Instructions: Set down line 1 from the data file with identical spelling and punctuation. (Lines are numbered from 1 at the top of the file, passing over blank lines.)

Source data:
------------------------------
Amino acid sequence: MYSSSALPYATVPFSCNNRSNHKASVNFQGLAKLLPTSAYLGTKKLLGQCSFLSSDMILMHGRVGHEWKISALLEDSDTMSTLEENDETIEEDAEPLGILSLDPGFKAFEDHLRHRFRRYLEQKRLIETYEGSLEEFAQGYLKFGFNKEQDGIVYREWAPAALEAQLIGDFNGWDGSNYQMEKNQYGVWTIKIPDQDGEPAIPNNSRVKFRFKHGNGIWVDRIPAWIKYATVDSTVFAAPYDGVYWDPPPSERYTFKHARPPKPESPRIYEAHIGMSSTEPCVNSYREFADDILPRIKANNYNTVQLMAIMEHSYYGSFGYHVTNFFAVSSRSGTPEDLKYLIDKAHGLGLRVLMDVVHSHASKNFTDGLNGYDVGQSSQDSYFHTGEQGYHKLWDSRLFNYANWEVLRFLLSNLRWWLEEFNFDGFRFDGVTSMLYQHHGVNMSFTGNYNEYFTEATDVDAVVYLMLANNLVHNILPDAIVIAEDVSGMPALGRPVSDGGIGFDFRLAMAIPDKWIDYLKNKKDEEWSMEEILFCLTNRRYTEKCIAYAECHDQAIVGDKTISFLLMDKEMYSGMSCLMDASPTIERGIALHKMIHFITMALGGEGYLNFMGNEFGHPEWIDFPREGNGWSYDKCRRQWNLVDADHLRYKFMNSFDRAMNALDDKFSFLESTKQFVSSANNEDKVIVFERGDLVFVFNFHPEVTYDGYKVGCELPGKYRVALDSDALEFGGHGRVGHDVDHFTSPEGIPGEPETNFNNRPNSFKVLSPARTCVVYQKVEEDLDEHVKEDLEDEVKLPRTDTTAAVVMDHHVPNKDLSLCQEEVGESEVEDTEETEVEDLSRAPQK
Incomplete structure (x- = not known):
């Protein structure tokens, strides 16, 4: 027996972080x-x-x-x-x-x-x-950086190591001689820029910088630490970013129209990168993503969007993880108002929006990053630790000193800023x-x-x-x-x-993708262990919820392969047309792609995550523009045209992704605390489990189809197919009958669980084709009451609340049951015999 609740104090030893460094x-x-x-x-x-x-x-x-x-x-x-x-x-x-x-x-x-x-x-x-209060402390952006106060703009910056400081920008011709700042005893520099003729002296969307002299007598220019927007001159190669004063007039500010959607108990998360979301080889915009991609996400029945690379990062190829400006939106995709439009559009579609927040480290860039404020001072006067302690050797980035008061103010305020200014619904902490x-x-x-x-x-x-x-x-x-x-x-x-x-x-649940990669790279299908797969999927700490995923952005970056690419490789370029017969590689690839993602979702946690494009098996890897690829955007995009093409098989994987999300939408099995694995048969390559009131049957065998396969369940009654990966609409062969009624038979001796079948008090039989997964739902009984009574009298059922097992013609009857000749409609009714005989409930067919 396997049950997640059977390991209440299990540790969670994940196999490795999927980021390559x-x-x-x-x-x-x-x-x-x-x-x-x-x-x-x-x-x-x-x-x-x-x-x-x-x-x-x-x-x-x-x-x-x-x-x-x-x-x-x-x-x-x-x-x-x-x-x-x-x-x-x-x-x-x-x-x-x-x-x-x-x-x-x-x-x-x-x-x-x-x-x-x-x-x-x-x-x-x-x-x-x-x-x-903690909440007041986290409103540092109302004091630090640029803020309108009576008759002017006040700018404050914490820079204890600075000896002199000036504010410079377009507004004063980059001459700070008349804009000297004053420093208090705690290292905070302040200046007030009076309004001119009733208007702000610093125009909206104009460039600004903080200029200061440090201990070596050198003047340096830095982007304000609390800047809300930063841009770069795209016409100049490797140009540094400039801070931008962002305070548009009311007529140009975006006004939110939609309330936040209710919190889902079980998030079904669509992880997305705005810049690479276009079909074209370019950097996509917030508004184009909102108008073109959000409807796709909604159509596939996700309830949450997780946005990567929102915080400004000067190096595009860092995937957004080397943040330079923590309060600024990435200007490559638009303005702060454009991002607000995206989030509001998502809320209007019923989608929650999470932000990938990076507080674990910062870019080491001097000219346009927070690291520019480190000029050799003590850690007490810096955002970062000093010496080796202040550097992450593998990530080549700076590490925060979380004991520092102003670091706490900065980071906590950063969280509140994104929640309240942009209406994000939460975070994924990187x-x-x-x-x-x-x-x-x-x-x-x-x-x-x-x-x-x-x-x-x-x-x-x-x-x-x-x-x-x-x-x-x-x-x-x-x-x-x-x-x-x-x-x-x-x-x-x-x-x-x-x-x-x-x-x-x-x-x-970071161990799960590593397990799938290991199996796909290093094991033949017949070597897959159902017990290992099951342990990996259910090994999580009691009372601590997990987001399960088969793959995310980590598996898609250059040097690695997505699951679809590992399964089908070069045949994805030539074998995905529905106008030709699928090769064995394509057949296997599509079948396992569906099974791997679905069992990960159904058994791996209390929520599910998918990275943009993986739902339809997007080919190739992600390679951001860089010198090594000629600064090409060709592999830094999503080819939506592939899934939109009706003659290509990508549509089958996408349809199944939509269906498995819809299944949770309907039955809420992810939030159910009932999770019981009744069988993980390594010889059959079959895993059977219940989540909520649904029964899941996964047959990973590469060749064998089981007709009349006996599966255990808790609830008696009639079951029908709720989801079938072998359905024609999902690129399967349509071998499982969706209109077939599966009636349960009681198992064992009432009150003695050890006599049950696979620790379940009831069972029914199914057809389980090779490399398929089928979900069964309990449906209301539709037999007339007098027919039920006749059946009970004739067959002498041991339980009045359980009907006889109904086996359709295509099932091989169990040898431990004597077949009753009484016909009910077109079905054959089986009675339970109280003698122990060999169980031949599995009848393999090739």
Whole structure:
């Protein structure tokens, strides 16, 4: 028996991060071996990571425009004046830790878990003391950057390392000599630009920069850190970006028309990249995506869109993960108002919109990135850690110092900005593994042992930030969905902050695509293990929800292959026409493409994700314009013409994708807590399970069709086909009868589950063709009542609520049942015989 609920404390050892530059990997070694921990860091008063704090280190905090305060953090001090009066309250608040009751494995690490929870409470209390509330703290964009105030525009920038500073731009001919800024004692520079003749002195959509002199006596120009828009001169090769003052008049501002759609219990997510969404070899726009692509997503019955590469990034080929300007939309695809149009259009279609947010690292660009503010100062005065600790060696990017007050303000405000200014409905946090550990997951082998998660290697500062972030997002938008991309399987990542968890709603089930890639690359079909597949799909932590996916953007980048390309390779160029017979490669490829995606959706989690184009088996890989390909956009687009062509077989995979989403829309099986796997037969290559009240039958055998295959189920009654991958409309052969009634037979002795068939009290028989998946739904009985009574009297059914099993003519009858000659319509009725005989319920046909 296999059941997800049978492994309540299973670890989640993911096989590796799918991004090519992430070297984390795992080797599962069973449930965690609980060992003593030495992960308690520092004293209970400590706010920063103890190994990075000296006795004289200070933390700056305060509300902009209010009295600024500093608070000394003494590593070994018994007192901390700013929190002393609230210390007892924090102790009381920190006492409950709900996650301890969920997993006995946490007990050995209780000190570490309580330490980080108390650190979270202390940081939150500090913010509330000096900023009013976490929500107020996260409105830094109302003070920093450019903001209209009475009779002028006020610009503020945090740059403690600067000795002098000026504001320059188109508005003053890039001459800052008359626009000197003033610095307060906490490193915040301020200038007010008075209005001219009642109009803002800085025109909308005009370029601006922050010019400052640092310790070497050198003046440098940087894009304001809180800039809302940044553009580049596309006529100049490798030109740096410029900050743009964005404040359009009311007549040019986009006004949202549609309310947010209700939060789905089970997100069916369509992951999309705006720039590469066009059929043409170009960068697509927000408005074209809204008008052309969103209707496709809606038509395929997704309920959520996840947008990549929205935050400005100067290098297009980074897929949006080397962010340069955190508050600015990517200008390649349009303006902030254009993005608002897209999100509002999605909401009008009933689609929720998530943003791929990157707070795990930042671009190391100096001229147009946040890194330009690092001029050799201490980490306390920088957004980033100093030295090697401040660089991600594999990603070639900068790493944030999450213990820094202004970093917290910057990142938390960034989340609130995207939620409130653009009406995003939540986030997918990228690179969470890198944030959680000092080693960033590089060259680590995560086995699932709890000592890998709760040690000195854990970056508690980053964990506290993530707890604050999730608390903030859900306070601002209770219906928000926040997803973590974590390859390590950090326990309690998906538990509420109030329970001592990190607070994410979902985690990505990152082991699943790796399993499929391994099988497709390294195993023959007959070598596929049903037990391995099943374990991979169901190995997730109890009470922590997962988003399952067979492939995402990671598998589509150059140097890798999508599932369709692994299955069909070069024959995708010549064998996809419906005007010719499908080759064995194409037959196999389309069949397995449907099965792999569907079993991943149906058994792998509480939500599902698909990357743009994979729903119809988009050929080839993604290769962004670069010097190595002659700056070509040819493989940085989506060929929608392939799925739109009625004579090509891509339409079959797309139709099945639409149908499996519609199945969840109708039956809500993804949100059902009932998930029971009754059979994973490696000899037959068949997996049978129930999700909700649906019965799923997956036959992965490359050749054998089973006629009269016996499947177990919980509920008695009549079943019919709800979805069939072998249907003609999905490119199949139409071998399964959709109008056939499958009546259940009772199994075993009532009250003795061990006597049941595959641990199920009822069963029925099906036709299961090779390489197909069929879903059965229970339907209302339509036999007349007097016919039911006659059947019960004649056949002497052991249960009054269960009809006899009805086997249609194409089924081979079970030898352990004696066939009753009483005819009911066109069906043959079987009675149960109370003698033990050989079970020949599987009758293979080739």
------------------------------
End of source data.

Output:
Amino acid sequence: MYSSSALPYATVPFSCNNRSNHKASVNFQGLAKLLPTSAYLGTKKLLGQCSFLSSDMILMHGRVGHEWKISALLEDSDTMSTLEENDETIEEDAEPLGILSLDPGFKAFEDHLRHRFRRYLEQKRLIETYEGSLEEFAQGYLKFGFNKEQDGIVYREWAPAALEAQLIGDFNGWDGSNYQMEKNQYGVWTIKIPDQDGEPAIPNNSRVKFRFKHGNGIWVDRIPAWIKYATVDSTVFAAPYDGVYWDPPPSERYTFKHARPPKPESPRIYEAHIGMSSTEPCVNSYREFADDILPRIKANNYNTVQLMAIMEHSYYGSFGYHVTNFFAVSSRSGTPEDLKYLIDKAHGLGLRVLMDVVHSHASKNFTDGLNGYDVGQSSQDSYFHTGEQGYHKLWDSRLFNYANWEVLRFLLSNLRWWLEEFNFDGFRFDGVTSMLYQHHGVNMSFTGNYNEYFTEATDVDAVVYLMLANNLVHNILPDAIVIAEDVSGMPALGRPVSDGGIGFDFRLAMAIPDKWIDYLKNKKDEEWSMEEILFCLTNRRYTEKCIAYAECHDQAIVGDKTISFLLMDKEMYSGMSCLMDASPTIERGIALHKMIHFITMALGGEGYLNFMGNEFGHPEWIDFPREGNGWSYDKCRRQWNLVDADHLRYKFMNSFDRAMNALDDKFSFLESTKQFVSSANNEDKVIVFERGDLVFVFNFHPEVTYDGYKVGCELPGKYRVALDSDALEFGGHGRVGHDVDHFTSPEGIPGEPETNFNNRPNSFKVLSPARTCVVYQKVEEDLDEHVKEDLEDEVKLPRTDTTAAVVMDHHVPNKDLSLCQEEVGESEVEDTEETEVEDLSRAPQK